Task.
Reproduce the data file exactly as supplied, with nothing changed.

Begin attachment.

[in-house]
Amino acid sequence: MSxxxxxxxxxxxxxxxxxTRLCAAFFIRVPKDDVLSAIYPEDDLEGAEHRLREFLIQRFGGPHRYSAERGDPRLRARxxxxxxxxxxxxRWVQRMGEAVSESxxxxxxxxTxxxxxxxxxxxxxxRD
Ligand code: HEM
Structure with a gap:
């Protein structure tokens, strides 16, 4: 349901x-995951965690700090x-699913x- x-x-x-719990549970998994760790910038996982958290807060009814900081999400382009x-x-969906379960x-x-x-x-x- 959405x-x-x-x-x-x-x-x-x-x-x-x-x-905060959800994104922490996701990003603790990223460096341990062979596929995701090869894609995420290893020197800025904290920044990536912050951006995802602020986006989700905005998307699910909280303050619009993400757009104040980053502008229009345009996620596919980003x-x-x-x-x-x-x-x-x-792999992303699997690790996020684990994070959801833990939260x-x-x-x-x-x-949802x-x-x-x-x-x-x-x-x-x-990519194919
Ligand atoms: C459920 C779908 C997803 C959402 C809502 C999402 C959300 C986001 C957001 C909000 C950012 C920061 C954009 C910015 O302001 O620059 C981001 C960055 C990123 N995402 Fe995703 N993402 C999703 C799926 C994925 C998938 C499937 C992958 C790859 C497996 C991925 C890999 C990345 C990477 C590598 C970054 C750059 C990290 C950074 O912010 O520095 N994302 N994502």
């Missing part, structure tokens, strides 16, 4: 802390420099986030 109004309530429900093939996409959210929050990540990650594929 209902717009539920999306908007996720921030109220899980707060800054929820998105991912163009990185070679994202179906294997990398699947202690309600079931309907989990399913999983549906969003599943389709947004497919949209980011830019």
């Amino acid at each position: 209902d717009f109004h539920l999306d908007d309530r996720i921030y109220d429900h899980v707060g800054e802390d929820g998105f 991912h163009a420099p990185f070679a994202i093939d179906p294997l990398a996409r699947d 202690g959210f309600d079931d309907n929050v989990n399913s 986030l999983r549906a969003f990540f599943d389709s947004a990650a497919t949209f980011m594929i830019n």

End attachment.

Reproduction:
[in-house]
Amino acid sequence: MSxxxxxxxxxxxxxxxxxTRLCAAFFIRVPKDDVLSAIYPEDDLEGAEHRLREFLIQRFGGPHRYSAERGDPRLRARxxxxxxxxxxxxRWVQRMGEAVSESxxxxxxxxTxxxxxxxxxxxxxxRD
Ligand code: HEM
Structure with a gap:
């Protein structure tokens, strides 16, 4: 349901x-995951965690700090x-699913x- x-x-x-719990549970998994760790910038996982958290807060009814900081999400382009x-x-969906379960x-x-x-x-x- 959405x-x-x-x-x-x-x-x-x-x-x-x-x-905060959800994104922490996701990003603790990223460096341990062979596929995701090869894609995420290893020197800025904290920044990536912050951006995802602020986006989700905005998307699910909280303050619009993400757009104040980053502008229009345009996620596919980003x-x-x-x-x-x-x-x-x-792999992303699997690790996020684990994070959801833990939260x-x-x-x-x-x-949802x-x-x-x-x-x-x-x-x-x-990519194919
Ligand atoms: C459920 C779908 C997803 C959402 C809502 C999402 C959300 C986001 C957001 C909000 C950012 C920061 C954009 C910015 O302001 O620059 C981001 C960055 C990123 N995402 Fe995703 N993402 C999703 C799926 C994925 C998938 C499937 C992958 C790859 C497996 C991925 C890999 C990345 C990477 C590598 C970054 C750059 C990290 C950074 O912010 O520095 N994302 N994502």
């Missing part, structure tokens, strides 16, 4: 802390420099986030 109004309530429900093939996409959210929050990540990650594929 209902717009539920999306908007996720921030109220899980707060800054929820998105991912163009990185070679994202179906294997990398699947202690309600079931309907989990399913999983549906969003599943389709947004497919949209980011830019």
């Amino acid at each position: 209902d717009f109004h539920l999306d908007d309530r996720i921030y109220d429900h899980v707060g800054e802390d929820g998105f 991912h163009a420099p990185f070679a994202i093939d179906p294997l990398a996409r699947d 202690g959210f309600d079931d309907n929050v989990n399913s 986030l999983r549906a969003f990540f599943d389709s947004a990650a497919t949209f980011m594929i830019n």